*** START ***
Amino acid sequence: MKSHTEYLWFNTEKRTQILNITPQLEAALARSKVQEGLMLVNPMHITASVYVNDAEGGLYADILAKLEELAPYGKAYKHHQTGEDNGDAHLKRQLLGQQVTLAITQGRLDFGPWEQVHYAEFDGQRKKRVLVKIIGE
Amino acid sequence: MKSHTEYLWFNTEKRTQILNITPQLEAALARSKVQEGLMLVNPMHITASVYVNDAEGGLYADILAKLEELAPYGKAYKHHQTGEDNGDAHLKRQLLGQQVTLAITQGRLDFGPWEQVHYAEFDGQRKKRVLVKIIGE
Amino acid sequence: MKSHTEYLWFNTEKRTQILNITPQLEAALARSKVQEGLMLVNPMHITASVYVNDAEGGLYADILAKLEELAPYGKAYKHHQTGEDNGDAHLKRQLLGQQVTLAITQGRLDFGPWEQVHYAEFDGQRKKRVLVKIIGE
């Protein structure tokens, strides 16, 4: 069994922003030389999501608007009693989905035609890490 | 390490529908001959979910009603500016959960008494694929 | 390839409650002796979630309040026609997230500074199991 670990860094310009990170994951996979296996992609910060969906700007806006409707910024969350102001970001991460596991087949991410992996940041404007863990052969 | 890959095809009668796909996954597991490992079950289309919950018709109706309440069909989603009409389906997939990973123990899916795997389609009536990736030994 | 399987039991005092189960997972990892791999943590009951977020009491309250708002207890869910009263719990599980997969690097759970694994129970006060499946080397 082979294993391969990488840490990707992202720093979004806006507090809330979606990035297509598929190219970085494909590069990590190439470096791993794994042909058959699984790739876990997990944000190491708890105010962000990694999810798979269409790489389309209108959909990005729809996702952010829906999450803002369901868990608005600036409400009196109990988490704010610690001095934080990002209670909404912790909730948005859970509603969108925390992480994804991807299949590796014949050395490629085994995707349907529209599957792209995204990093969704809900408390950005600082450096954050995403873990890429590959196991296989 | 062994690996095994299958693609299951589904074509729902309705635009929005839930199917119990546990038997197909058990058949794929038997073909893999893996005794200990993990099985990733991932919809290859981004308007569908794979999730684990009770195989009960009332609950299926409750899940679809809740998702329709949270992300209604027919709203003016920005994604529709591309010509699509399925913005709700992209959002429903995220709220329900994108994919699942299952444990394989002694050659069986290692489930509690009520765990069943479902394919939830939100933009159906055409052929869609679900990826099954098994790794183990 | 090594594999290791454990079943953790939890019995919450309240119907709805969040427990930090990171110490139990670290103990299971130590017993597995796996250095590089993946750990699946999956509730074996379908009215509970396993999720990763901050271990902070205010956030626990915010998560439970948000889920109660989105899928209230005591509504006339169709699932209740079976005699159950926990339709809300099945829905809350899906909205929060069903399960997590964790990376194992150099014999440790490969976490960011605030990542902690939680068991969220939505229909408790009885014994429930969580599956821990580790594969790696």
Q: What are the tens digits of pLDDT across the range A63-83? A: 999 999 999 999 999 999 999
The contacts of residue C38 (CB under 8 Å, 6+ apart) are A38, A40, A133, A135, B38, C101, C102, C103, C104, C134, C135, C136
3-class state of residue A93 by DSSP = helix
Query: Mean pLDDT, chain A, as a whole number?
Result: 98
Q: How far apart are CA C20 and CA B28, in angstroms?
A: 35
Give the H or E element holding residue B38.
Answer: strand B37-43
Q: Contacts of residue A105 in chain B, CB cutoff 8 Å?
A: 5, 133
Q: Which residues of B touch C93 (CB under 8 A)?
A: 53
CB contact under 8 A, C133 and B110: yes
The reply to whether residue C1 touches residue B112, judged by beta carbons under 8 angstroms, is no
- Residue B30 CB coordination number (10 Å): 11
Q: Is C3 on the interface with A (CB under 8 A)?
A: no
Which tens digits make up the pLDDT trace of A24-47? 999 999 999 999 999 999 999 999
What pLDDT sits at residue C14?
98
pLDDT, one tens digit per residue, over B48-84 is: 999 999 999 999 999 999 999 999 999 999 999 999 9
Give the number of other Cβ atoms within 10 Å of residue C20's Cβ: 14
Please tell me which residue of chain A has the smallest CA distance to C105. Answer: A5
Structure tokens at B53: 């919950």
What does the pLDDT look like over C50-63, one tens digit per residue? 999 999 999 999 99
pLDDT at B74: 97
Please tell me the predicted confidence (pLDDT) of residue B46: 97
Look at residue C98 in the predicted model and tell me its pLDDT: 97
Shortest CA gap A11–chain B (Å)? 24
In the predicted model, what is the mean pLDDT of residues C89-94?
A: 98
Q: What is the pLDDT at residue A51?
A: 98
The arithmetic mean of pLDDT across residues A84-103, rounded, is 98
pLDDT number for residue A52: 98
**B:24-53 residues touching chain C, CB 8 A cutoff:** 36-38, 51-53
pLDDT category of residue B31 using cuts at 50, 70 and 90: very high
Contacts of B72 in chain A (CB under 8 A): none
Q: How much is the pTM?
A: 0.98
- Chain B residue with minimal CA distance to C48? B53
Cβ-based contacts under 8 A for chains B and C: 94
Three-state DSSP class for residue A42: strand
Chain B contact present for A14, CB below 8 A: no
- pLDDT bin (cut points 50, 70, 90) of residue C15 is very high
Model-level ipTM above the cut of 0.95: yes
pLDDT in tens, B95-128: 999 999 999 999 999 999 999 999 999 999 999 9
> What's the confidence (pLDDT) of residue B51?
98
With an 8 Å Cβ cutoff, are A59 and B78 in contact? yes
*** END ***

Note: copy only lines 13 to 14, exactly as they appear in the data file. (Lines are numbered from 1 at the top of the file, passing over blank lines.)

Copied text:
Answer: strand B37-43
Q: Contacts of residue A105 in chain B, CB cutoff 8 Å?